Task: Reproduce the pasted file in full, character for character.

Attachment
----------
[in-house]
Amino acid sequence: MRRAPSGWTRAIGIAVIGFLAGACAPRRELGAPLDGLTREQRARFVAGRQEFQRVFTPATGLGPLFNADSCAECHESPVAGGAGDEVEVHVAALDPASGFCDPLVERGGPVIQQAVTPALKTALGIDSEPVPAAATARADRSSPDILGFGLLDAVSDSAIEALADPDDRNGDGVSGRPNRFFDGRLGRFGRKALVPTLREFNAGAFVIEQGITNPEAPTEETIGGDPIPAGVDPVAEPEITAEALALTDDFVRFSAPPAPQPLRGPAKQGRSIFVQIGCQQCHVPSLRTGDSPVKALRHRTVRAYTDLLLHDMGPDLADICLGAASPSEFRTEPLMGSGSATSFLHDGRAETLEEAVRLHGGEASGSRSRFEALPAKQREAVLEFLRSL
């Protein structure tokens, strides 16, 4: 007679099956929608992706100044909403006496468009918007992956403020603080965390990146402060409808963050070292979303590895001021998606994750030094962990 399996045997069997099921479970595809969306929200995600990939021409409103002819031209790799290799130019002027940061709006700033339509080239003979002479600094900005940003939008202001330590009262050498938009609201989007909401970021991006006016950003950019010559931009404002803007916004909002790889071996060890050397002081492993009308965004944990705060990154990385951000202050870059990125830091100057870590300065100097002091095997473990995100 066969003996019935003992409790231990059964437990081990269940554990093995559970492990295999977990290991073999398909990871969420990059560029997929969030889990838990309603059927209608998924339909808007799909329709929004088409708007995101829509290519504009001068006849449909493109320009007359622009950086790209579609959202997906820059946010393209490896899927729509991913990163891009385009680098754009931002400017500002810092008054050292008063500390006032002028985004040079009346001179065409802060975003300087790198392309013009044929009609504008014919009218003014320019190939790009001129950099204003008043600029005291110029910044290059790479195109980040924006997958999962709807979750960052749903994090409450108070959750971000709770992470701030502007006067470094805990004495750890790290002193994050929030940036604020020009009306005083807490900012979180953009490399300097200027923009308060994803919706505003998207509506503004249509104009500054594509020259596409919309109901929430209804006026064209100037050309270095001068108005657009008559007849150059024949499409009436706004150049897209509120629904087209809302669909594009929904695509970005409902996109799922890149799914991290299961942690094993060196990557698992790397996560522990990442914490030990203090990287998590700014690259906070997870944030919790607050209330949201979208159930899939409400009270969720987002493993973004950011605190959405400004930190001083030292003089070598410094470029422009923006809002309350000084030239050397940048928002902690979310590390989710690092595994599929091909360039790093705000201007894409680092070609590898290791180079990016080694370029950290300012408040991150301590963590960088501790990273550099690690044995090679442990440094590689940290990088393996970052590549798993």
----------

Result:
[in-house]
Amino acid sequence: MRRAPSGWTRAIGIAVIGFLAGACAPRRELGAPLDGLTREQRARFVAGRQEFQRVFTPATGLGPLFNADSCAECHESPVAGGAGDEVEVHVAALDPASGFCDPLVERGGPVIQQAVTPALKTALGIDSEPVPAAATARADRSSPDILGFGLLDAVSDSAIEALADPDDRNGDGVSGRPNRFFDGRLGRFGRKALVPTLREFNAGAFVIEQGITNPEAPTEETIGGDPIPAGVDPVAEPEITAEALALTDDFVRFSAPPAPQPLRGPAKQGRSIFVQIGCQQCHVPSLRTGDSPVKALRHRTVRAYTDLLLHDMGPDLADICLGAASPSEFRTEPLMGSGSATSFLHDGRAETLEEAVRLHGGEASGSRSRFEALPAKQREAVLEFLRSL
């Protein structure tokens, strides 16, 4: 007679099956929608992706100044909403006496468009918007992956403020603080965390990146402060409808963050070292979303590895001021998606994750030094962990 399996045997069997099921479970595809969306929200995600990939021409409103002819031209790799290799130019002027940061709006700033339509080239003979002479600094900005940003939008202001330590009262050498938009609201989007909401970021991006006016950003950019010559931009404002803007916004909002790889071996060890050397002081492993009308965004944990705060990154990385951000202050870059990125830091100057870590300065100097002091095997473990995100 066969003996019935003992409790231990059964437990081990269940554990093995559970492990295999977990290991073999398909990871969420990059560029997929969030889990838990309603059927209608998924339909808007799909329709929004088409708007995101829509290519504009001068006849449909493109320009007359622009950086790209579609959202997906820059946010393209490896899927729509991913990163891009385009680098754009931002400017500002810092008054050292008063500390006032002028985004040079009346001179065409802060975003300087790198392309013009044929009609504008014919009218003014320019190939790009001129950099204003008043600029005291110029910044290059790479195109980040924006997958999962709807979750960052749903994090409450108070959750971000709770992470701030502007006067470094805990004495750890790290002193994050929030940036604020020009009306005083807490900012979180953009490399300097200027923009308060994803919706505003998207509506503004249509104009500054594509020259596409919309109901929430209804006026064209100037050309270095001068108005657009008559007849150059024949499409009436706004150049897209509120629904087209809302669909594009929904695509970005409902996109799922890149799914991290299961942690094993060196990557698992790397996560522990990442914490030990203090990287998590700014690259906070997870944030919790607050209330949201979208159930899939409400009270969720987002493993973004950011605190959405400004930190001083030292003089070598410094470029422009923006809002309350000084030239050397940048928002902690979310590390989710690092595994599929091909360039790093705000201007894409680092070609590898290791180079990016080694370029950290300012408040991150301590963590960088501790990273550099690690044995090679442990440094590689940290990088393996970052590549798993």